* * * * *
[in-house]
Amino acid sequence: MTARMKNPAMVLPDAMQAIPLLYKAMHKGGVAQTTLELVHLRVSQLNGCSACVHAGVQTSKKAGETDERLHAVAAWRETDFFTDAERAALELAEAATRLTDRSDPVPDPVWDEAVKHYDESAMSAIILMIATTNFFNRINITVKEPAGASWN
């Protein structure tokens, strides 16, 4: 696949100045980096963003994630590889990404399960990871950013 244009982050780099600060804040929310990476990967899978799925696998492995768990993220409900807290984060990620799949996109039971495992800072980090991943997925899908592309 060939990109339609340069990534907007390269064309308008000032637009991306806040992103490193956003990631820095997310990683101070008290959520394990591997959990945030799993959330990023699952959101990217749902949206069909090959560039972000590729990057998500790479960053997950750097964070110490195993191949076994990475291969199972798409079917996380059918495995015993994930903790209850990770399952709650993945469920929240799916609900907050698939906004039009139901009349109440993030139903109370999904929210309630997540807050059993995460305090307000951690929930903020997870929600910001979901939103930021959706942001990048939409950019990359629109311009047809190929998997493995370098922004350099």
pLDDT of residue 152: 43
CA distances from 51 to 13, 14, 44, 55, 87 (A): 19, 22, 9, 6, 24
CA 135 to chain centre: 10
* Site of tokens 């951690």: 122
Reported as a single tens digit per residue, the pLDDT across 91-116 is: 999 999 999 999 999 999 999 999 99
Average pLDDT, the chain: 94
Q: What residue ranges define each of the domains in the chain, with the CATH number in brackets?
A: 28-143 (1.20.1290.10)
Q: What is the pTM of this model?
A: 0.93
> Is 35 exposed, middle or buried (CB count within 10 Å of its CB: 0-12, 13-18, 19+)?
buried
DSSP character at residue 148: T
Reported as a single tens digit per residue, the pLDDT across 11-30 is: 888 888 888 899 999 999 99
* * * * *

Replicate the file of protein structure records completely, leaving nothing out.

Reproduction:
[in-house]
Amino acid sequence: MTARMKNPAMVLPDAMQAIPLLYKAMHKGGVAQTTLELVHLRVSQLNGCSACVHAGVQTSKKAGETDERLHAVAAWRETDFFTDAERAALELAEAATRLTDRSDPVPDPVWDEAVKHYDESAMSAIILMIATTNFFNRINITVKEPAGASWN
């Protein structure tokens, strides 16, 4: 696949100045980096963003994630590889990404399960990871950013 244009982050780099600060804040929310990476990967899978799925696998492995768990993220409900807290984060990620799949996109039971495992800072980090991943997925899908592309 060939990109339609340069990534907007390269064309308008000032637009991306806040992103490193956003990631820095997310990683101070008290959520394990591997959990945030799993959330990023699952959101990217749902949206069909090959560039972000590729990057998500790479960053997950750097964070110490195993191949076994990475291969199972798409079917996380059918495995015993994930903790209850990770399952709650993945469920929240799916609900907050698939906004039009139901009349109440993030139903109370999904929210309630997540807050059993995460305090307000951690929930903020997870929600910001979901939103930021959706942001990048939409950019990359629109311009047809190929998997493995370098922004350099």
pLDDT of residue 152: 43
CA distances from 51 to 13, 14, 44, 55, 87 (A): 19, 22, 9, 6, 24
CA 135 to chain centre: 10
* Site of tokens 């951690």: 122
Reported as a single tens digit per residue, the pLDDT across 91-116 is: 999 999 999 999 999 999 999 999 99
Average pLDDT, the chain: 94
Q: What residue ranges define each of the domains in the chain, with the CATH number in brackets?
A: 28-143 (1.20.1290.10)
Q: What is the pTM of this model?
A: 0.93
> Is 35 exposed, middle or buried (CB count within 10 Å of its CB: 0-12, 13-18, 19+)?
buried
DSSP character at residue 148: T
Reported as a single tens digit per residue, the pLDDT across 11-30 is: 888 888 888 899 999 999 99